Still reason to hope

"There's still hope," said Dr. Brian Schmidt, trauma medical director at Santa Rosa Memorial Hospital, who is treating Honza. Paralyzed people can regain nerve function from one to two years after their injury, he said.

It's noteworthy that Honza, who initially had no function below his neck, can now move some arm and leg muscles, Schmidt said. "Now he's home and he has a smile on his face," the surgeon said, after spotting Honza cruising along Fourth Street in his wheelchair.

"I'm rooting for the kid," Schmidt said.

Since his release from the San Jose rehab center last November, Honza and his mother have lived with her boyfriend, Steve Kanzler, who helps run a family-owned vineyard in Sebastopol.

Kanzler's small home in Santa Rosa's Cherry Street neighborhood is, as he said, "disability hostile," with narrow doors and hallways and a temporary plywood ramp over the front steps.

The biggest obstacle to Honza's and Brianna's domestic plans is finding a suitable apartment, ideally a ground-floor unit, affordable, with at least the potential for quadriplegic-friendly modification.

Such a place is "nearly impossible" to find in an already-tight housing market, Kanzler said.

Keeping busy online

Every day, Honza and Brianna scan Craigslist for a possible apartment. A voice-activated laptop computer, placed on a platform attached to his wheelchair, gives Honza an outlet to the world, communicating with friends via Facebook and e-mail.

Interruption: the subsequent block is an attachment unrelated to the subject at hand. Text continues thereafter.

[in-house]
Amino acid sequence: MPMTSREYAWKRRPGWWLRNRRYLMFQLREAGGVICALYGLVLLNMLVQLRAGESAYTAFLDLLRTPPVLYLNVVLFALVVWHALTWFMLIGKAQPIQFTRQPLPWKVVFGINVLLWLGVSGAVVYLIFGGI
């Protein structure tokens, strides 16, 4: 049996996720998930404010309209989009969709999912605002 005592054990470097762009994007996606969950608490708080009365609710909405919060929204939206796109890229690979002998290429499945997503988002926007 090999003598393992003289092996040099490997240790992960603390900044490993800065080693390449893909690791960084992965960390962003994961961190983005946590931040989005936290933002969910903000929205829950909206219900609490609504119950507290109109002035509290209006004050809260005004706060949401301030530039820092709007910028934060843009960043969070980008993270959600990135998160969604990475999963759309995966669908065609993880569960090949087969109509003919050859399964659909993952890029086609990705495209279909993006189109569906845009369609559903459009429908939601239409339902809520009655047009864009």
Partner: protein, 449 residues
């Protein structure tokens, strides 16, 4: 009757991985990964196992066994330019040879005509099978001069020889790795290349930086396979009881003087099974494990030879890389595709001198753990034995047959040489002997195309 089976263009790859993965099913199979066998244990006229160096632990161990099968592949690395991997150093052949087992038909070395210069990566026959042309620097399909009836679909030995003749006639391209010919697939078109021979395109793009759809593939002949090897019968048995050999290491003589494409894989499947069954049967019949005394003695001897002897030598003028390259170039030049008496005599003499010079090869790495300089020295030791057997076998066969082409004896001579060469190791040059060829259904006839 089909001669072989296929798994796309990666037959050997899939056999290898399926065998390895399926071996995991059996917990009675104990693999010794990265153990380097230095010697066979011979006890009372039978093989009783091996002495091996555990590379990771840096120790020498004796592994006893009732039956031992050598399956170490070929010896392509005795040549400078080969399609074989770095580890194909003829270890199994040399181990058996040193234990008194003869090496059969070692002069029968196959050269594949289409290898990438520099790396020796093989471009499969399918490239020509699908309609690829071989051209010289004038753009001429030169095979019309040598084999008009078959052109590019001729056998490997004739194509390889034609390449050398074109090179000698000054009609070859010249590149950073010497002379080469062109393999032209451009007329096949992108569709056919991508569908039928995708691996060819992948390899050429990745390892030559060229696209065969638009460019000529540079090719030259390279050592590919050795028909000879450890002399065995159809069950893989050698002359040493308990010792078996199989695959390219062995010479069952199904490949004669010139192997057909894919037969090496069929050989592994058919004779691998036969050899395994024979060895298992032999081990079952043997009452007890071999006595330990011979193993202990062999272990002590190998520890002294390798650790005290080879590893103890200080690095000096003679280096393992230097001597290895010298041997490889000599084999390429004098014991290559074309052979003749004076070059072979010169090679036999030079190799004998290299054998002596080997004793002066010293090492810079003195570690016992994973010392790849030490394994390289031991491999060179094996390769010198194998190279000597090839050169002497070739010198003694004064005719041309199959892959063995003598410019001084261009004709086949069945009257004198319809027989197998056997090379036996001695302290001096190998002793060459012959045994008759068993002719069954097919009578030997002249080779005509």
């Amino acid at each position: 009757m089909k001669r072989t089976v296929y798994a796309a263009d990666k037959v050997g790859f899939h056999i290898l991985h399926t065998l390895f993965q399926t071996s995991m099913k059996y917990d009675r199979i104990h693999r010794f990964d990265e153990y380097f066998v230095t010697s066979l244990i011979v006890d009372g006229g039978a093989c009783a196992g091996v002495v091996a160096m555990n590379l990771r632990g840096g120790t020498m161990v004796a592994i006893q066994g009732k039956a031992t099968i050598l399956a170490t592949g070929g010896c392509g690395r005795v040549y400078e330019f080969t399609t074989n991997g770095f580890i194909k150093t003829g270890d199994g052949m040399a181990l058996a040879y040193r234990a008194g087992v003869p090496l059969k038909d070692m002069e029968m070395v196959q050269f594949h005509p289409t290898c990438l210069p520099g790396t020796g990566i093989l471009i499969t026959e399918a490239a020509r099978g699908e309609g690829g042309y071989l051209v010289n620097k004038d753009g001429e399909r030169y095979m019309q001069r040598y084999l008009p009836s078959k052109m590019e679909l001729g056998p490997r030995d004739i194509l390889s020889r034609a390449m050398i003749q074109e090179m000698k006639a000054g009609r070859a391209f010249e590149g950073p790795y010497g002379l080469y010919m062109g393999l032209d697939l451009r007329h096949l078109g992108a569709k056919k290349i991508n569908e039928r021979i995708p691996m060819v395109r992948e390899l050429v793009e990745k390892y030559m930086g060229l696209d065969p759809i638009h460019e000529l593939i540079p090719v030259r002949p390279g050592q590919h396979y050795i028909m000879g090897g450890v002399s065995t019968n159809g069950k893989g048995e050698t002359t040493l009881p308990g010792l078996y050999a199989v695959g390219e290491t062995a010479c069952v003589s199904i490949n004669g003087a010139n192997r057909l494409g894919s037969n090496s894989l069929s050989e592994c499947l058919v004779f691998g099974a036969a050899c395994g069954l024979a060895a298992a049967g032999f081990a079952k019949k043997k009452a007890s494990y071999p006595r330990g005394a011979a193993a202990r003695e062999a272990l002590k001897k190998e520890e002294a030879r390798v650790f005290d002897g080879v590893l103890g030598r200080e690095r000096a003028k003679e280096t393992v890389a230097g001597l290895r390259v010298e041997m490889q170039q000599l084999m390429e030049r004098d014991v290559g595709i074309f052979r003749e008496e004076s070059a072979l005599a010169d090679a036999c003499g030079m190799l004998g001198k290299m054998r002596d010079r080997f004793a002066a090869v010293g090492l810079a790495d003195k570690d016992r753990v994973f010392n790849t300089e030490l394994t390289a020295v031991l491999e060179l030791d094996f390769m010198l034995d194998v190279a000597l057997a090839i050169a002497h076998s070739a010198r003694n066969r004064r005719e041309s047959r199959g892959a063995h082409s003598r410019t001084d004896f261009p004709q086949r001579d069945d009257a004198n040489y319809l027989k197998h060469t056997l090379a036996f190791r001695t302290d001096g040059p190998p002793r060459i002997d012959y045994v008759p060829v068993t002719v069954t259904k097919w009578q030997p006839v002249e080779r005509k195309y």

He hasn't lost his sense of humor, using an e-mail address that begins "crippledgolfer21."

He's taking an SRJC basic firefighting class online and starting to learn about the stock market.

"It's one of the things I could do," he said, regarding career opportunities for a person confined to a wheelchair. He would invest something now, he said, "If I had the money."

Within days of Honza's injury, Brianna began fund-raising for him, including holding a raffle one evening at a Healdsburg Plaza summer concert that raised more than $5,000. In all, more than $100,000 in donations have been funneled into a special-needs trust controlled by a fiduciary, not Honza or his family.

About half of the trust funds paid for the Honda minivan, equipped with a ramp, hydraulics that lower the passenger side of the van and tiedowns for his wheelchair. It also paid for the laptop, and for supplies and equipment Medi-Cal wouldn't cover.

An undocumented immigrant from the Czech Republic, Honza has been granted immigration status that qualified him to receive Medi-Cal benefits for his hospital bills, wheelchair, bed and some therapy. In-Home Supportive Services pays for his caregivers, and the Cash Assistance Program for Immigrants provides some money in lieu of government disability.

Headed for SRJC